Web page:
Moving from test-driven development to observability-driven development.
I had the opportunity to catch up with Andi Grabner, DevOps Activist at Dynatrace during day two of Dynatrace Perform. I've know Andi for seven years and he's one of the people that has helped me understand DevOps since I began writing for DZone.
We covered several topics that I'll share in a series of posts.
Do developers want to expand beyond just coding?
There will always be developers that just want to code and do what they're told. They're great at coding and that's perfect. But I think everyone that creates something, including developers are creative engineers. I think it's in every human's interest to see the impact they have with what they create. The impact can only be seen if that piece of code gets into the hands of the beneficiary. It could be an end user, it could be a third party that is calling an API. In order to know if the beneficiary is actually getting the value out of the code, you need observability.
I think we have the obligation to actually educate engineers to think about how can you create something that makes a positive impact on society. How can you get insights on your code in a fast feedback loop?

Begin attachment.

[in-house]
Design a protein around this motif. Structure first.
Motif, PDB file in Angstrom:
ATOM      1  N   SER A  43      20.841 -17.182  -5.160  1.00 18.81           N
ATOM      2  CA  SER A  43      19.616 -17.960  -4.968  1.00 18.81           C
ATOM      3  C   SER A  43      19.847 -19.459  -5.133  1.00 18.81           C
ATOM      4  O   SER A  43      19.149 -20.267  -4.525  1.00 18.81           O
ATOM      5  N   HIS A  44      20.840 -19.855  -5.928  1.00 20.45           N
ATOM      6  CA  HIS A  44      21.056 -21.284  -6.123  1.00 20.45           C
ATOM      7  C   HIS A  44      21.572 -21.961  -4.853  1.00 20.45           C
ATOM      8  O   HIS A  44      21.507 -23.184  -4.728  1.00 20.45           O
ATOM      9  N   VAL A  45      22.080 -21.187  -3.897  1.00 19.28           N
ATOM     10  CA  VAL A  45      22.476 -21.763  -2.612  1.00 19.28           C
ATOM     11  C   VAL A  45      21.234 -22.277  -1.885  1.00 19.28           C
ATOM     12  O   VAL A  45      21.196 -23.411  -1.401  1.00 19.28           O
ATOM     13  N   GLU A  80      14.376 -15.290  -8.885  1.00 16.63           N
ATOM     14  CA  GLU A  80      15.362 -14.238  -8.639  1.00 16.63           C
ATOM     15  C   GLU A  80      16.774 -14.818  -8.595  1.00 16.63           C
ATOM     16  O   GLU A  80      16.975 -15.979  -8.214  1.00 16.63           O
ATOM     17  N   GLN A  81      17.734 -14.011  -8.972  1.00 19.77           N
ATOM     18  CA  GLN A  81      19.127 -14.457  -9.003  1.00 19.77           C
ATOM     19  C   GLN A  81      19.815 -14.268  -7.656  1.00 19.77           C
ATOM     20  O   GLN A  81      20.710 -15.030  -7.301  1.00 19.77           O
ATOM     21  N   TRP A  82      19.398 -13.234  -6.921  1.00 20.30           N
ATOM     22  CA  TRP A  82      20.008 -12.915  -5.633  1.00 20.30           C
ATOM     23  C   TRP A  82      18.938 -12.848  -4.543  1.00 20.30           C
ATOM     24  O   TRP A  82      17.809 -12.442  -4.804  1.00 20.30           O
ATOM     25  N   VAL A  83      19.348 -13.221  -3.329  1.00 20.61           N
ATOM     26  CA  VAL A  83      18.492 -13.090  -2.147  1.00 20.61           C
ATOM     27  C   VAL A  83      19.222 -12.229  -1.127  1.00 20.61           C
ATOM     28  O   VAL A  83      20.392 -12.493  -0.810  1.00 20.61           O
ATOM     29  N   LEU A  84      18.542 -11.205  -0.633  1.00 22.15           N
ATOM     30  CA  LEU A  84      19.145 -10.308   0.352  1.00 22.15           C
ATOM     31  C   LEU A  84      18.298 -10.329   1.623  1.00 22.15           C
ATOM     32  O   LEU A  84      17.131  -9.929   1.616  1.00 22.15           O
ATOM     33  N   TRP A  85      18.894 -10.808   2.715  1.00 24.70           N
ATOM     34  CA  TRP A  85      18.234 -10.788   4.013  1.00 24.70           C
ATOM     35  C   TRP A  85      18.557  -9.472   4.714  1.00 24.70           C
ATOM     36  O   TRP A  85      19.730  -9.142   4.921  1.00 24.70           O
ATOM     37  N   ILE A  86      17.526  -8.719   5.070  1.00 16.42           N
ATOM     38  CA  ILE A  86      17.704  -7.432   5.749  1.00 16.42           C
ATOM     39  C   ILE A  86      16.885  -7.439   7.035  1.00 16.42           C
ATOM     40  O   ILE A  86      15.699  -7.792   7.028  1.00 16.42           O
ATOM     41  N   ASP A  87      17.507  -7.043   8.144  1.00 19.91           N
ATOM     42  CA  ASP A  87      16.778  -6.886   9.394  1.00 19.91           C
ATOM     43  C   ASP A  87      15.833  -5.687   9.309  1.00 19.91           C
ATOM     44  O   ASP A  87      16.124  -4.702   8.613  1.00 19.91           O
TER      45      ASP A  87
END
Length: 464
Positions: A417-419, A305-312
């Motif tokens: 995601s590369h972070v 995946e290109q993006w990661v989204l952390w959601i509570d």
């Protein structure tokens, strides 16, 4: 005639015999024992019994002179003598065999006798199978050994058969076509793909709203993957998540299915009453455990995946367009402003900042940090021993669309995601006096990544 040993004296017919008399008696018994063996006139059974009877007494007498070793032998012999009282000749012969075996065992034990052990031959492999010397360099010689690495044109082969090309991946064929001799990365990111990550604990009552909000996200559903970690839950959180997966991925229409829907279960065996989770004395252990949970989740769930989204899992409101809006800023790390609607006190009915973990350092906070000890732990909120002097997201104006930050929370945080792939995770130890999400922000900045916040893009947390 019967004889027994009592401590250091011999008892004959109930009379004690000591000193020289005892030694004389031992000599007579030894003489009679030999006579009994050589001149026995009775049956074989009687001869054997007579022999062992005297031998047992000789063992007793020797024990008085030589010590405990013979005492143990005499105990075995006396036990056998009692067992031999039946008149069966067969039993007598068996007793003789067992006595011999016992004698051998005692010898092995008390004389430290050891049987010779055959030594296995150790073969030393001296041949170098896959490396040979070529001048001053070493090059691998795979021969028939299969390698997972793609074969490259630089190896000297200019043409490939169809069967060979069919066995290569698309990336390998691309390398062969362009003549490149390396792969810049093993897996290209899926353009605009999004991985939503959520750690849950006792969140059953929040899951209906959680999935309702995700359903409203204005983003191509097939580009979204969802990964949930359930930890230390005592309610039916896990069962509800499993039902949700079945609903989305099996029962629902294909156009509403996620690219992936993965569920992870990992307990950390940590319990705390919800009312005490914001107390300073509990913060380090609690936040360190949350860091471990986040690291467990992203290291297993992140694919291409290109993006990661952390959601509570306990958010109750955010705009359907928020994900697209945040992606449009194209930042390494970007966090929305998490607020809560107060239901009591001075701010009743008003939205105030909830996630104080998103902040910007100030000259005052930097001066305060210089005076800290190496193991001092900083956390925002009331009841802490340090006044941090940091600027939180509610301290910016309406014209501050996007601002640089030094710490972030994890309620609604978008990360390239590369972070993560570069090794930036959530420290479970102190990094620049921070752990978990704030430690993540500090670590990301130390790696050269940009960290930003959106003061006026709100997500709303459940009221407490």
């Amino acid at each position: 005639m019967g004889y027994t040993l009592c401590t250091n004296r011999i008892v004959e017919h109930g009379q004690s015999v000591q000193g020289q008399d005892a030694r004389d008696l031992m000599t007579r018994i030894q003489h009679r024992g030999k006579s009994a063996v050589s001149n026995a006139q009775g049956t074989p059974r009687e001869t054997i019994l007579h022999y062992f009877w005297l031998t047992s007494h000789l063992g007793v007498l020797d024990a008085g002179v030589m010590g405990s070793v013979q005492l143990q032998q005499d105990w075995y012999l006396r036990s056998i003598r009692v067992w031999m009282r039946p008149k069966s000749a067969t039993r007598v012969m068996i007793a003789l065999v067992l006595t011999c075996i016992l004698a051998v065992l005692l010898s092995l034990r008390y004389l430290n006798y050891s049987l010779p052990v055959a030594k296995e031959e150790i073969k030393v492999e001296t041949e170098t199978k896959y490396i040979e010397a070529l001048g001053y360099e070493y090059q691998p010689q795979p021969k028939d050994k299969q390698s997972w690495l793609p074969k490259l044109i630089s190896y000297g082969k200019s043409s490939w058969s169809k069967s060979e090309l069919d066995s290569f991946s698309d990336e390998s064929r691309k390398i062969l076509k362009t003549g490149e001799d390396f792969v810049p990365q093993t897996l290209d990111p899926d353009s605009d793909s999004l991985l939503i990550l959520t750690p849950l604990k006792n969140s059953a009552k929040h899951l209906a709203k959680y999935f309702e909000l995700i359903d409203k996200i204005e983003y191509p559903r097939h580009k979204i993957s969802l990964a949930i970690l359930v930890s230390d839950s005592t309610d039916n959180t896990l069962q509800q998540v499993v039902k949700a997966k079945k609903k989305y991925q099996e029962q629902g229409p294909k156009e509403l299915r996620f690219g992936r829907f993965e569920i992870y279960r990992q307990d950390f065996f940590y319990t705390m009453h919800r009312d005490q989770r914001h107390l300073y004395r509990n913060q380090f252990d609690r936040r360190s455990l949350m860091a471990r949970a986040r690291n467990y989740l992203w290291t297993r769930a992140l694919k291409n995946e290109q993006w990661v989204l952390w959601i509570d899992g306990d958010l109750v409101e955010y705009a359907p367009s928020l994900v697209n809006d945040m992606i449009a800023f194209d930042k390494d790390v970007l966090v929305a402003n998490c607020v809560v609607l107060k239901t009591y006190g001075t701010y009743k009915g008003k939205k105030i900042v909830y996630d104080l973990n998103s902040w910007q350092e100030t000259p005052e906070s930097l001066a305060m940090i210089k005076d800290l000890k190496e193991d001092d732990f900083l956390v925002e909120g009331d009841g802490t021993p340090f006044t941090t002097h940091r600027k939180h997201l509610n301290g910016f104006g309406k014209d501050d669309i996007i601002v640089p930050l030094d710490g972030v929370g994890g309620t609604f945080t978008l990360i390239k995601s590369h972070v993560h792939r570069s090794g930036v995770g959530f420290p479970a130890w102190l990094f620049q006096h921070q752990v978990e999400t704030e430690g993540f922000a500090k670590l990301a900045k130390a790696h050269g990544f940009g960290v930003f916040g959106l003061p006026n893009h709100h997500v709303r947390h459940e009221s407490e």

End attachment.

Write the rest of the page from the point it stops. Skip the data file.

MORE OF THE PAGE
In the end, if I'm a developer, and I just write code, I never know if what I'm creating actually has any impact. This is a really boring life.
When I spoke to Kelsey Hightower last year, he told me a story about when he was working for a company. They were managing SNAP payments for grocery stores. If this system goes down and the family's SNAP card is declined, people do not eat. Developers and engineers need to know when something bad is happening. That should be the the main motivation. Put observability in to figure out if the stuff they are building has the desired impact. In this case the desired impact is that everybody can purchase food when they need it.
If I'm an artist, I want to know, if anybody likes my painting. I would probably look into the museum to see if people actually stopped by or don't stop at my painting, it's the same thing. I want to know if my code reaches the right people, and if it has the desired effect, because if not, if nobody looks at it, maybe I'm just wasting my time.
We need to educate developers, because over the last 15 to 20 years, we educated them to evolve from just coding to to test-driven development. I think now it's about observability-driven development. So whatever you do whatever you build, you need to have observability in mind, because if you cannot observe the impact that you have with the software, then you're just flying blind.